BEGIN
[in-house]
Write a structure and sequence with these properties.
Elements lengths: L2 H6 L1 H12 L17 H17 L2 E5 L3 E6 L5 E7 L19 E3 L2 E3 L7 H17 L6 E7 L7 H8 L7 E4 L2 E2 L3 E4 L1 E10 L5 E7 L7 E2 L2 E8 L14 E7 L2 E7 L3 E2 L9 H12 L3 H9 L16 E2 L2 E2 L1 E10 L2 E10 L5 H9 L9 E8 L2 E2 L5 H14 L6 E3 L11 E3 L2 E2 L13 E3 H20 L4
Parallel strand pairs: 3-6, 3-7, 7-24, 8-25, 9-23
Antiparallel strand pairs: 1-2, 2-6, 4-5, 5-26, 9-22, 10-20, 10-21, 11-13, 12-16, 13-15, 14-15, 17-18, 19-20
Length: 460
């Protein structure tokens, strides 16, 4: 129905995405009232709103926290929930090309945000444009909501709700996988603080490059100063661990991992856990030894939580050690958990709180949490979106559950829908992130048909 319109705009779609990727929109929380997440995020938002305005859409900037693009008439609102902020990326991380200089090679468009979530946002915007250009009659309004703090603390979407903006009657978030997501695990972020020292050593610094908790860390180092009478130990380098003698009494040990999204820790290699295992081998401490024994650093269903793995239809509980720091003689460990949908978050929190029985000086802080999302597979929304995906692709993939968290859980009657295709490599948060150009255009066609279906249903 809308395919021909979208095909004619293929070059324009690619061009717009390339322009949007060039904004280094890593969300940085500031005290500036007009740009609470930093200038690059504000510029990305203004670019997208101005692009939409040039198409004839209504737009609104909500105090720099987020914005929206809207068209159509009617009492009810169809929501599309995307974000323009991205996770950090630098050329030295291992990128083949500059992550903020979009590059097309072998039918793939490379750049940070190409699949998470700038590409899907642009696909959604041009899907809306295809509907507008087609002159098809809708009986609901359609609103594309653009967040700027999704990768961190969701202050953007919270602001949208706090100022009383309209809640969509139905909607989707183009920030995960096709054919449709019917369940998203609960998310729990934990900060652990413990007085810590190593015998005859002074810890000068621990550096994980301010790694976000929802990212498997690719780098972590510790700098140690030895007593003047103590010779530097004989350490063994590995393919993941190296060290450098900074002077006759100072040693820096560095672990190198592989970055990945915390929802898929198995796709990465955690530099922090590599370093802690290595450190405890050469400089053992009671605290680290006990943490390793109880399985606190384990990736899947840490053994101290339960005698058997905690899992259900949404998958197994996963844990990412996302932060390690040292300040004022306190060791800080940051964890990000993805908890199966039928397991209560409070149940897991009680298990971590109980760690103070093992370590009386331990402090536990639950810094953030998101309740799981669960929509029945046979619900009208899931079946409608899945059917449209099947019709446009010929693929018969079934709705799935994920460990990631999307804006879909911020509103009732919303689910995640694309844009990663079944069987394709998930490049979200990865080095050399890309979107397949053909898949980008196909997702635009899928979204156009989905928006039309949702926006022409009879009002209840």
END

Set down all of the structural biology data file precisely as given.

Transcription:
[in-house]
Write a structure and sequence with these properties.
Elements lengths: L2 H6 L1 H12 L17 H17 L2 E5 L3 E6 L5 E7 L19 E3 L2 E3 L7 H17 L6 E7 L7 H8 L7 E4 L2 E2 L3 E4 L1 E10 L5 E7 L7 E2 L2 E8 L14 E7 L2 E7 L3 E2 L9 H12 L3 H9 L16 E2 L2 E2 L1 E10 L2 E10 L5 H9 L9 E8 L2 E2 L5 H14 L6 E3 L11 E3 L2 E2 L13 E3 H20 L4
Parallel strand pairs: 3-6, 3-7, 7-24, 8-25, 9-23
Antiparallel strand pairs: 1-2, 2-6, 4-5, 5-26, 9-22, 10-20, 10-21, 11-13, 12-16, 13-15, 14-15, 17-18, 19-20
Length: 460
């Protein structure tokens, strides 16, 4: 129905995405009232709103926290929930090309945000444009909501709700996988603080490059100063661990991992856990030894939580050690958990709180949490979106559950829908992130048909 319109705009779609990727929109929380997440995020938002305005859409900037693009008439609102902020990326991380200089090679468009979530946002915007250009009659309004703090603390979407903006009657978030997501695990972020020292050593610094908790860390180092009478130990380098003698009494040990999204820790290699295992081998401490024994650093269903793995239809509980720091003689460990949908978050929190029985000086802080999302597979929304995906692709993939968290859980009657295709490599948060150009255009066609279906249903 809308395919021909979208095909004619293929070059324009690619061009717009390339322009949007060039904004280094890593969300940085500031005290500036007009740009609470930093200038690059504000510029990305203004670019997208101005692009939409040039198409004839209504737009609104909500105090720099987020914005929206809207068209159509009617009492009810169809929501599309995307974000323009991205996770950090630098050329030295291992990128083949500059992550903020979009590059097309072998039918793939490379750049940070190409699949998470700038590409899907642009696909959604041009899907809306295809509907507008087609002159098809809708009986609901359609609103594309653009967040700027999704990768961190969701202050953007919270602001949208706090100022009383309209809640969509139905909607989707183009920030995960096709054919449709019917369940998203609960998310729990934990900060652990413990007085810590190593015998005859002074810890000068621990550096994980301010790694976000929802990212498997690719780098972590510790700098140690030895007593003047103590010779530097004989350490063994590995393919993941190296060290450098900074002077006759100072040693820096560095672990190198592989970055990945915390929802898929198995796709990465955690530099922090590599370093802690290595450190405890050469400089053992009671605290680290006990943490390793109880399985606190384990990736899947840490053994101290339960005698058997905690899992259900949404998958197994996963844990990412996302932060390690040292300040004022306190060791800080940051964890990000993805908890199966039928397991209560409070149940897991009680298990971590109980760690103070093992370590009386331990402090536990639950810094953030998101309740799981669960929509029945046979619900009208899931079946409608899945059917449209099947019709446009010929693929018969079934709705799935994920460990990631999307804006879909911020509103009732919303689910995640694309844009990663079944069987394709998930490049979200990865080095050399890309979107397949053909898949980008196909997702635009899928979204156009989905928006039309949702926006022409009879009002209840």